United Methodist Women call on the Hershey Company
BY ANN PRICE
BWC UNITED METHODIST WOMEN
Having selected Hershey, Pa., as the site of the 2012 United Methodist Women (UMW) Northeastern Jurisdiction Quadrennial meeting, the UMW seized the mission opportunity to engage in dialogue with the Hershey Company. On June 13, several members of the BWC UMW joined other members of the UMW in a meeting with Hershey officials to talk about fair trade certification and child labor issues in West Africa.
The women met with Andy McCormack, Hershey's Vice President for Public Affairs. Sabrina White, BWC member and President of the Northeastern Jurisdiction United Methodist Women, presented to McCormack 2,035 signed postcards submitted during the past year by women from across the country. The postcard message to Hershey was, "Adopt fair trade certification standards for all of Hershey's chocolate products, and move aggressively to forward and sign contracts with your current suppliers detailing fair trade transition plans."
The group was undaunted when the meeting was turned over to former Ghanaian Ambassador to the United States, Koby Koomson, who spoke at length on the "wonderful childhood experiences" of children in Ghana, where "public education is mandated." With a series of follow-on questions, they expressed their concerns about child labor and child labor trafficking on small West African cocoa farms, and Hershey's failure to adopt fair trade certification standards for all of its cocoa sourcing (supply) activities.
Two UMW partners, Liz O'Connell (Green America) and Sean Rudolf (International Labor Rights Forum), accompanied the UMW to the Hershey mission event. Even though the Hershey Company meeting was closed to them, they led the group in a lively, follow-on debriefing session. Discussions included Hershey's responses to UMW questions, clarification of child labor issues, and the impacts of fair trade certification.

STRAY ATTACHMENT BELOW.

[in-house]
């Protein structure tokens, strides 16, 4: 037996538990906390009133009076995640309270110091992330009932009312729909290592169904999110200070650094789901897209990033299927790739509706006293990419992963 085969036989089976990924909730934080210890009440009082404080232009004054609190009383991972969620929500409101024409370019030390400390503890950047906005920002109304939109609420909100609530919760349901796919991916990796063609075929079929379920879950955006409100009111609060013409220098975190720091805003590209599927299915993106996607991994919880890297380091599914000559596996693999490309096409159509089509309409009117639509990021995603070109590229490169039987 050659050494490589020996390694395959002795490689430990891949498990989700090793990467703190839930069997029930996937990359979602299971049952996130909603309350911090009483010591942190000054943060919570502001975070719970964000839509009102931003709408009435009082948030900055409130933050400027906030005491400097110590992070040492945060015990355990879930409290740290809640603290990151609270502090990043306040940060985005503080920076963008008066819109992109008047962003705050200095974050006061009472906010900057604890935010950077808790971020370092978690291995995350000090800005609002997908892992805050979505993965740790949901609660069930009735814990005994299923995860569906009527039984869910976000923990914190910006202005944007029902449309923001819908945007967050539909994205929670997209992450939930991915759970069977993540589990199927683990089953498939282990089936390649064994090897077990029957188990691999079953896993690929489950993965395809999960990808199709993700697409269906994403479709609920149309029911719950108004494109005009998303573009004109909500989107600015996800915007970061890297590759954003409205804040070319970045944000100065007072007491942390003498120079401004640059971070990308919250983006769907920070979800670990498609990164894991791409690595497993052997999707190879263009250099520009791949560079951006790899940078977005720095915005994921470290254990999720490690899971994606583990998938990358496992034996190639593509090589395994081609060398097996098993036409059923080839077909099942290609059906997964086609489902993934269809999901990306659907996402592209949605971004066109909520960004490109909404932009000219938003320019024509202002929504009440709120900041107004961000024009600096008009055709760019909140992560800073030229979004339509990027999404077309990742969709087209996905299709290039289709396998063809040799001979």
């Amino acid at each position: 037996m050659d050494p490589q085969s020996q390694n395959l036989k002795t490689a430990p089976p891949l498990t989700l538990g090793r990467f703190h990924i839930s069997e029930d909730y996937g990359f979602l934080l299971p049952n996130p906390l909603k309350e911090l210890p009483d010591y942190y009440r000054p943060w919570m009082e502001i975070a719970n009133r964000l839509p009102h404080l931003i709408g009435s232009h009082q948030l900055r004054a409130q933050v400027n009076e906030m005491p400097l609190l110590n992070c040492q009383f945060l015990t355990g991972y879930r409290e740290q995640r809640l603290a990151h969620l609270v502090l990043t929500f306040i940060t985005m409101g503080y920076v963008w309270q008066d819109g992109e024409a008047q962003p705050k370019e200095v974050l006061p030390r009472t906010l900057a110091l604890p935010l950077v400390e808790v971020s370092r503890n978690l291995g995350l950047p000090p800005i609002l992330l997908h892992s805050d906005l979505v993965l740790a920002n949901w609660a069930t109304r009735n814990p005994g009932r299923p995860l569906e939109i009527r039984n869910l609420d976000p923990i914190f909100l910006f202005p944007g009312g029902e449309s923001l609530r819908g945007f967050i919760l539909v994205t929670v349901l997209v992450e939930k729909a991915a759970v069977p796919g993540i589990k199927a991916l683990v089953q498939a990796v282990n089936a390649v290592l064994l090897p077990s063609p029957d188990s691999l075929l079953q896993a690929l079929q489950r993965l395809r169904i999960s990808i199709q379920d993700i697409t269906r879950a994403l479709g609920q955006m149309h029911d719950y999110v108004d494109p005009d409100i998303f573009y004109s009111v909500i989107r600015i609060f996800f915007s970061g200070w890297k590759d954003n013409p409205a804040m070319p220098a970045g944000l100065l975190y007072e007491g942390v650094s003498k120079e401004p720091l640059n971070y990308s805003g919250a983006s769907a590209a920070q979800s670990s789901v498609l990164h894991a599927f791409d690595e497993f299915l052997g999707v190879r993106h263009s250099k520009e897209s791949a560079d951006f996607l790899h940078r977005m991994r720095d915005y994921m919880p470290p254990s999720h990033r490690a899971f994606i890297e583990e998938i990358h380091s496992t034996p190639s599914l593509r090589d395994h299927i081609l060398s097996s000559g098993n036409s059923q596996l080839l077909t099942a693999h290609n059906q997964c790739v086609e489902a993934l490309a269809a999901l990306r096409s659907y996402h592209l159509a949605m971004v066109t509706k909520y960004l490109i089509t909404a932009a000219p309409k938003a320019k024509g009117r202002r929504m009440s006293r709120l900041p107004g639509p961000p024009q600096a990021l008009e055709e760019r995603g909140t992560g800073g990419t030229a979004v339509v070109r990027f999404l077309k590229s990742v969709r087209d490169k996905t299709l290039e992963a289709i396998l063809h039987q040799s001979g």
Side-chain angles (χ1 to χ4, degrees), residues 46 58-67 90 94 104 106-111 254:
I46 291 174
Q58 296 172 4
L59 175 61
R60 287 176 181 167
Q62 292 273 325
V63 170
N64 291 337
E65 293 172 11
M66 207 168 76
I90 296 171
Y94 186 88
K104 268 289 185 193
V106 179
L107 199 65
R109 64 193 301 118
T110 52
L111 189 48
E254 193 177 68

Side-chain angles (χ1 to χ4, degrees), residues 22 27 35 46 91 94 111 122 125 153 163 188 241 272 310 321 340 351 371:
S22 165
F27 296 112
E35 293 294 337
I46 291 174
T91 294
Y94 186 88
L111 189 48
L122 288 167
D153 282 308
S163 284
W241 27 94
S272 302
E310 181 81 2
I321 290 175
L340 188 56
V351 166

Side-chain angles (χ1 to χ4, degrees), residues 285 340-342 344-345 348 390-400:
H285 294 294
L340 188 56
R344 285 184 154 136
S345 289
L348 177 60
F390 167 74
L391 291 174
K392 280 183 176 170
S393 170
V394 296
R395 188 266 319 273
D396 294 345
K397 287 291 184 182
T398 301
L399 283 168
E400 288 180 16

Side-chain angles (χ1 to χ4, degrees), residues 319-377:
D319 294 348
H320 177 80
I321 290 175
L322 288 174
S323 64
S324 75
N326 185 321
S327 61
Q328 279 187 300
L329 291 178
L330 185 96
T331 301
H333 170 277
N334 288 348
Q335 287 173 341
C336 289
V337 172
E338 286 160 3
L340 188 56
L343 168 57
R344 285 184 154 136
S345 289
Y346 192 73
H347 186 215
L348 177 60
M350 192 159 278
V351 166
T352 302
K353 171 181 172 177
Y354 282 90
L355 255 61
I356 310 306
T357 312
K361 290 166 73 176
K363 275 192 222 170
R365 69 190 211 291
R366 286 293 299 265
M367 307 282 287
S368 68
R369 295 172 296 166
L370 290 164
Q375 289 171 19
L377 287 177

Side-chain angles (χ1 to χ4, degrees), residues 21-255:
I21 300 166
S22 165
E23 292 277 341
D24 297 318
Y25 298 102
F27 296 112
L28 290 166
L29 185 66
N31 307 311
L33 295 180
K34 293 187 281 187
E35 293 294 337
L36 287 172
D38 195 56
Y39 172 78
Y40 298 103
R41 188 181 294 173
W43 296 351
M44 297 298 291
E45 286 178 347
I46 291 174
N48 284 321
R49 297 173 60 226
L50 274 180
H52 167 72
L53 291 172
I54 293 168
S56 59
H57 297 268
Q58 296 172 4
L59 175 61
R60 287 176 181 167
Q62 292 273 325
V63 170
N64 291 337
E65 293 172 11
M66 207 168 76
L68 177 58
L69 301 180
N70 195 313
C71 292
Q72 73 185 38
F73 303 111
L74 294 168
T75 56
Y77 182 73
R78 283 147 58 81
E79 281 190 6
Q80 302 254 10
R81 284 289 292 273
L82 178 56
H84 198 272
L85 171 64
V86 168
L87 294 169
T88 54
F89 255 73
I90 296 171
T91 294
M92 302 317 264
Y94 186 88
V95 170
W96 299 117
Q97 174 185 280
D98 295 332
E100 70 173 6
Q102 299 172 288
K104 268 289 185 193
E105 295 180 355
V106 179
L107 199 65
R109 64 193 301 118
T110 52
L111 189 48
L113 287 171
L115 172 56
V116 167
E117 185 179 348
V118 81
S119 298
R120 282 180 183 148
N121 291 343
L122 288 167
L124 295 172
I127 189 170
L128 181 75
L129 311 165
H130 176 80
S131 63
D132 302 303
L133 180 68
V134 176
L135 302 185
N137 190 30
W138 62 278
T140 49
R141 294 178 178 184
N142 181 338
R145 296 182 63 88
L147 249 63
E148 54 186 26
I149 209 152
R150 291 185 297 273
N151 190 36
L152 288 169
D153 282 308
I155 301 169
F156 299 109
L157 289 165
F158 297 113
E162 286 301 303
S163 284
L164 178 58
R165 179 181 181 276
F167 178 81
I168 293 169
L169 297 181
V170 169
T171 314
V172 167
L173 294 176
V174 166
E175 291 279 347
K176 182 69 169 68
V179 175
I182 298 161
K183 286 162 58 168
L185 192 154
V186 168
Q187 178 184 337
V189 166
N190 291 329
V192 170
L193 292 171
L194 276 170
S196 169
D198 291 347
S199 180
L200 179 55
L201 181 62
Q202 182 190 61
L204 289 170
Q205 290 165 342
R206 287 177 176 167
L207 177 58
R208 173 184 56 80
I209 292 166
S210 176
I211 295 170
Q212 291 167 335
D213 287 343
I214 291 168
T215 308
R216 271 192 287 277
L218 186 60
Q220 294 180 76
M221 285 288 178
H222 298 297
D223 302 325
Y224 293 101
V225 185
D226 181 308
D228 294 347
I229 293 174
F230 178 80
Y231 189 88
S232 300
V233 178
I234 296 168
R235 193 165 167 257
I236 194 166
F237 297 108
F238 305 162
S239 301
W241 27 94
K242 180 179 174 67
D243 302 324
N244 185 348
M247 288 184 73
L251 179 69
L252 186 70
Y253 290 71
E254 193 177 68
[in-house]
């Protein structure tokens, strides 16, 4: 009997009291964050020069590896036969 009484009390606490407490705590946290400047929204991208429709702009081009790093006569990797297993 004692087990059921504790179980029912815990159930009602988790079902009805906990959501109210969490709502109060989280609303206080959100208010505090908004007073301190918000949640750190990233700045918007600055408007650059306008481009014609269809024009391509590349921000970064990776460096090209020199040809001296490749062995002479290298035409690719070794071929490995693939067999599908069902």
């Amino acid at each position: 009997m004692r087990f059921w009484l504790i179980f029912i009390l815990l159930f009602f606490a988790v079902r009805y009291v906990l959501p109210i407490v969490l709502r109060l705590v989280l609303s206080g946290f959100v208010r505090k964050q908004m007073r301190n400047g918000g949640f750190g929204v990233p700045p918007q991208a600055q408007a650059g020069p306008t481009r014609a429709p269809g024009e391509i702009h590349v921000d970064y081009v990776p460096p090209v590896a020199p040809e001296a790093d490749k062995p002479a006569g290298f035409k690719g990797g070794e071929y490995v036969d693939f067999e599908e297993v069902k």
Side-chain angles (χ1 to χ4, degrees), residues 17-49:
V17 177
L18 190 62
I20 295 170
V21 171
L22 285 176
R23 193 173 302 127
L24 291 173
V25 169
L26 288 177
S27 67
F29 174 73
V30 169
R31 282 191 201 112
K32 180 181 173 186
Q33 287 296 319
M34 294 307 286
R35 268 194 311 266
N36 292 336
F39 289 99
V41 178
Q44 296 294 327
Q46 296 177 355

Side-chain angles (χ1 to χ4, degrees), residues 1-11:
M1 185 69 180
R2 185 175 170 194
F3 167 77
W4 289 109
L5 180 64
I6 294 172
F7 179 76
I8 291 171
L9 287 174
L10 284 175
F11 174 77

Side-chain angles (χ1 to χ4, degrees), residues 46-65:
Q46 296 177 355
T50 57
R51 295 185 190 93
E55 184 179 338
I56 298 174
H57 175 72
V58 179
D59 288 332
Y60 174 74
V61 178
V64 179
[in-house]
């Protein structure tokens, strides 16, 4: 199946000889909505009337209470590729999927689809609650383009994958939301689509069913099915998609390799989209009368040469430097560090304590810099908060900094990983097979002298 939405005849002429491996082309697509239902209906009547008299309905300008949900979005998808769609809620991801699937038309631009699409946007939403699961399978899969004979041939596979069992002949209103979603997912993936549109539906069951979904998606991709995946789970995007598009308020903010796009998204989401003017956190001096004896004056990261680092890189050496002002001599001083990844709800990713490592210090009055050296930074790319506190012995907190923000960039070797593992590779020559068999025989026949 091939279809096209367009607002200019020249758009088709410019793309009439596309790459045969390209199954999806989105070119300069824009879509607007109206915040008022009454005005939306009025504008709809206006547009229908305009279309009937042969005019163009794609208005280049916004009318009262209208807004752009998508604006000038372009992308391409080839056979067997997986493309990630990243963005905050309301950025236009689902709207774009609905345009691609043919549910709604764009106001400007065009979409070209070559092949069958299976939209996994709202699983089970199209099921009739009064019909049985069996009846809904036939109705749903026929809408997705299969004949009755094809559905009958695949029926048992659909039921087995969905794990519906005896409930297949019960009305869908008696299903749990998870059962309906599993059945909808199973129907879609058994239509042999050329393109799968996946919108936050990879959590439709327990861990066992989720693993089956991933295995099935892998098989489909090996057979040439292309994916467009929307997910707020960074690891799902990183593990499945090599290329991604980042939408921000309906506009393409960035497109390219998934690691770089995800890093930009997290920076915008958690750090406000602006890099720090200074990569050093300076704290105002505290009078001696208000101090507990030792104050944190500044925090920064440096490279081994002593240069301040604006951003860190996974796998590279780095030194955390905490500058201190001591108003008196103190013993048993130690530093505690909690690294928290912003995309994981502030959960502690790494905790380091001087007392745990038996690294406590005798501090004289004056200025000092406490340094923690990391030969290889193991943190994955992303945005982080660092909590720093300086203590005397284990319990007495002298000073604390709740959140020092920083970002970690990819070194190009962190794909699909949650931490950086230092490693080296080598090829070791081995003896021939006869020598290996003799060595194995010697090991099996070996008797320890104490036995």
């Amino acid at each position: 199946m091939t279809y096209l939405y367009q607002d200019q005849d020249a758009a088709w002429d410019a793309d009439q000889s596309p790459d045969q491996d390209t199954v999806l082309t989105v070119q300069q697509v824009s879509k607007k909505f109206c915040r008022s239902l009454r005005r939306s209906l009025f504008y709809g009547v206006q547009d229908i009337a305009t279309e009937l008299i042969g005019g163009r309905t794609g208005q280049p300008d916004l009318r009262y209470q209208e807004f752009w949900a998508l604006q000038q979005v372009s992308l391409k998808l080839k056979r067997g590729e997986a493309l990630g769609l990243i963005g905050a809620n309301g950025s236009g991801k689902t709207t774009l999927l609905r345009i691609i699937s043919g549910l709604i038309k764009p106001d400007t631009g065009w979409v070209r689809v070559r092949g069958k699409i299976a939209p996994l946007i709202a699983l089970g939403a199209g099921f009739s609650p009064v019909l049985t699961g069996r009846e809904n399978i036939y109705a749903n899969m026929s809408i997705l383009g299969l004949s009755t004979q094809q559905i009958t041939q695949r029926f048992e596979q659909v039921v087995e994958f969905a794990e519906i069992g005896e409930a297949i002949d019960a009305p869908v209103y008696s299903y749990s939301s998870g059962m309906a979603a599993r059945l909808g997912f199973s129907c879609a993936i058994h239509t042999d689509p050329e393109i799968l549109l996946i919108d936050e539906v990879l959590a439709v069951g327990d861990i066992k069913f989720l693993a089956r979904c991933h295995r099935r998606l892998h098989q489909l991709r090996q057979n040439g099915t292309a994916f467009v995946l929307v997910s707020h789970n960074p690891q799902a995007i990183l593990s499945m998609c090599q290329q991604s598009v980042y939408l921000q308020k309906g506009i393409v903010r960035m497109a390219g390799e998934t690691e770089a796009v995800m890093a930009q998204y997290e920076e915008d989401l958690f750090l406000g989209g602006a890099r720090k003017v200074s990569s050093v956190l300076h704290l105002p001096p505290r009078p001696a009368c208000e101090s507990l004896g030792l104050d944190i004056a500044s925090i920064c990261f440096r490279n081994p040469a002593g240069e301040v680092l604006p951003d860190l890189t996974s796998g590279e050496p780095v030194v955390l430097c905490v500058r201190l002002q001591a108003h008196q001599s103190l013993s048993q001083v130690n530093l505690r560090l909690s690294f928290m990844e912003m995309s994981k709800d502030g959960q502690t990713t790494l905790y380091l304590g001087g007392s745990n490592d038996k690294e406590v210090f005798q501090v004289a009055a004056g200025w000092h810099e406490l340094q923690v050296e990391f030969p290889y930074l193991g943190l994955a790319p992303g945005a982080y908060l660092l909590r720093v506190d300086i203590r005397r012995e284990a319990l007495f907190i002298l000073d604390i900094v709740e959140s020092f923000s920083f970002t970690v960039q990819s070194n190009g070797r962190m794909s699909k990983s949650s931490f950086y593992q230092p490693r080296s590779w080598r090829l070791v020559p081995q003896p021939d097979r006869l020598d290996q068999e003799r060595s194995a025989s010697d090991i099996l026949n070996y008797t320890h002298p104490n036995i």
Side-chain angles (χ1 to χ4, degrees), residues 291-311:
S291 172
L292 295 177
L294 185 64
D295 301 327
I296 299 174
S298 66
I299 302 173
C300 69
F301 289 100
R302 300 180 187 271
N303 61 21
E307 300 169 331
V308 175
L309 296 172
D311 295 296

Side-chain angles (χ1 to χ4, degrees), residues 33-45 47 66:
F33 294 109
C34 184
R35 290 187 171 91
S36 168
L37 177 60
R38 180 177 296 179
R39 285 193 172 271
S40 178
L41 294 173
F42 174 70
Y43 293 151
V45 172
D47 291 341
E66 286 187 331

Several United Methodist Women from the Baltimore-Washington Conference offered prayers during a devotional service to commemorate "World Day Against Child Labor," celebrated internationally on June 12. Global child labor issues and UMW’s advocacy work in the child labor and labor trafficking arenas were key topics during the service.
Hershey has recently instituted a certification process for obtaining cocoa supplies for two of its chocolate product lines, which may represent about 1 percent of its annual sales and cocoa purchases. Hershey also announced it is instituting other programs to support farmers in West Africa where Hershey obtains most of its supply of cocoa. The United Methodist Women told Hershey that these initial "baby steps" are certainly welcomed and applauded.
Through its delivery of the 2,035 signed "Fair Trade Certification, Hershey, Get With It!" postcards, questions, and comments, the United Methodist Women left Hershey (the largest United States manufacturer of chocolate products) with an important message: Hershey, a multibillion dollar sales company, can do much more to help cocoa farmers eradicate and prevent child labor in West Africa.